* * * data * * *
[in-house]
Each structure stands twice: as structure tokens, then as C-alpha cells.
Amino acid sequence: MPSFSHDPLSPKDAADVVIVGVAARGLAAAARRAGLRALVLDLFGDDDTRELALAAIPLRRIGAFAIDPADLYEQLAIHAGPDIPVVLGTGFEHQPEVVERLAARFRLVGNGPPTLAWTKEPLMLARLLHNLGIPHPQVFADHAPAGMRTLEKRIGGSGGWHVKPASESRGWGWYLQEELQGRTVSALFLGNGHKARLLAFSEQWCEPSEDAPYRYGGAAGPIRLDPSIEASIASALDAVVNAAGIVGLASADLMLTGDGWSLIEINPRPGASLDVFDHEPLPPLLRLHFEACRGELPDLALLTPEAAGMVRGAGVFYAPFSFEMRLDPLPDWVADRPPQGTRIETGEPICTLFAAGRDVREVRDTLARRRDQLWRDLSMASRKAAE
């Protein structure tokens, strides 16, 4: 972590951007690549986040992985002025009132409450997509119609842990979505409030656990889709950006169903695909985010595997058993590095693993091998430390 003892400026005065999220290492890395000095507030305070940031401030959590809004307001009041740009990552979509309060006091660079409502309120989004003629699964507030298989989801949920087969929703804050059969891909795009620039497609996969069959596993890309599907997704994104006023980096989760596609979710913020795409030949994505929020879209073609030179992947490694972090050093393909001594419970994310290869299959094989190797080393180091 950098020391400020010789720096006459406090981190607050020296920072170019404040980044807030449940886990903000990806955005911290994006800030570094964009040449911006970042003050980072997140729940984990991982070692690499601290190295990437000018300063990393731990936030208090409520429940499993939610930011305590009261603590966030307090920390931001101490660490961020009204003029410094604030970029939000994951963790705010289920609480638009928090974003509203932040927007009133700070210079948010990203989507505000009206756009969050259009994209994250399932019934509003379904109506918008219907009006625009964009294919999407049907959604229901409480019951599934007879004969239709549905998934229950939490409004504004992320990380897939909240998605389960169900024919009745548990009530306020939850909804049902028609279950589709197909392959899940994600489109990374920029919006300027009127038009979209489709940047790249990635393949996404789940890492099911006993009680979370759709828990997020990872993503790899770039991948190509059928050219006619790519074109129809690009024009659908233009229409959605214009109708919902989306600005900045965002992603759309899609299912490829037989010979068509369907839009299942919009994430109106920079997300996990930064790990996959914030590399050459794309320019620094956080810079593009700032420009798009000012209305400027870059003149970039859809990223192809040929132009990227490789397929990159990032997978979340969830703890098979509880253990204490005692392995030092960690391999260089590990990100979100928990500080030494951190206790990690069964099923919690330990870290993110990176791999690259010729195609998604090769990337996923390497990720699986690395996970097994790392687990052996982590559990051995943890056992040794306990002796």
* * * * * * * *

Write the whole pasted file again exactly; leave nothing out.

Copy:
[in-house]
Each structure stands twice: as structure tokens, then as C-alpha cells.
Amino acid sequence: MPSFSHDPLSPKDAADVVIVGVAARGLAAAARRAGLRALVLDLFGDDDTRELALAAIPLRRIGAFAIDPADLYEQLAIHAGPDIPVVLGTGFEHQPEVVERLAARFRLVGNGPPTLAWTKEPLMLARLLHNLGIPHPQVFADHAPAGMRTLEKRIGGSGGWHVKPASESRGWGWYLQEELQGRTVSALFLGNGHKARLLAFSEQWCEPSEDAPYRYGGAAGPIRLDPSIEASIASALDAVVNAAGIVGLASADLMLTGDGWSLIEINPRPGASLDVFDHEPLPPLLRLHFEACRGELPDLALLTPEAAGMVRGAGVFYAPFSFEMRLDPLPDWVADRPPQGTRIETGEPICTLFAAGRDVREVRDTLARRRDQLWRDLSMASRKAAE
């Protein structure tokens, strides 16, 4: 972590951007690549986040992985002025009132409450997509119609842990979505409030656990889709950006169903695909985010595997058993590095693993091998430390 003892400026005065999220290492890395000095507030305070940031401030959590809004307001009041740009990552979509309060006091660079409502309120989004003629699964507030298989989801949920087969929703804050059969891909795009620039497609996969069959596993890309599907997704994104006023980096989760596609979710913020795409030949994505929020879209073609030179992947490694972090050093393909001594419970994310290869299959094989190797080393180091 950098020391400020010789720096006459406090981190607050020296920072170019404040980044807030449940886990903000990806955005911290994006800030570094964009040449911006970042003050980072997140729940984990991982070692690499601290190295990437000018300063990393731990936030208090409520429940499993939610930011305590009261603590966030307090920390931001101490660490961020009204003029410094604030970029939000994951963790705010289920609480638009928090974003509203932040927007009133700070210079948010990203989507505000009206756009969050259009994209994250399932019934509003379904109506918008219907009006625009964009294919999407049907959604229901409480019951599934007879004969239709549905998934229950939490409004504004992320990380897939909240998605389960169900024919009745548990009530306020939850909804049902028609279950589709197909392959899940994600489109990374920029919006300027009127038009979209489709940047790249990635393949996404789940890492099911006993009680979370759709828990997020990872993503790899770039991948190509059928050219006619790519074109129809690009024009659908233009229409959605214009109708919902989306600005900045965002992603759309899609299912490829037989010979068509369907839009299942919009994430109106920079997300996990930064790990996959914030590399050459794309320019620094956080810079593009700032420009798009000012209305400027870059003149970039859809990223192809040929132009990227490789397929990159990032997978979340969830703890098979509880253990204490005692392995030092960690391999260089590990990100979100928990500080030494951190206790990690069964099923919690330990870290993110990176791999690259010729195609998604090769990337996923390497990720699986690395996970097994790392687990052996982590559990051995943890056992040794306990002796």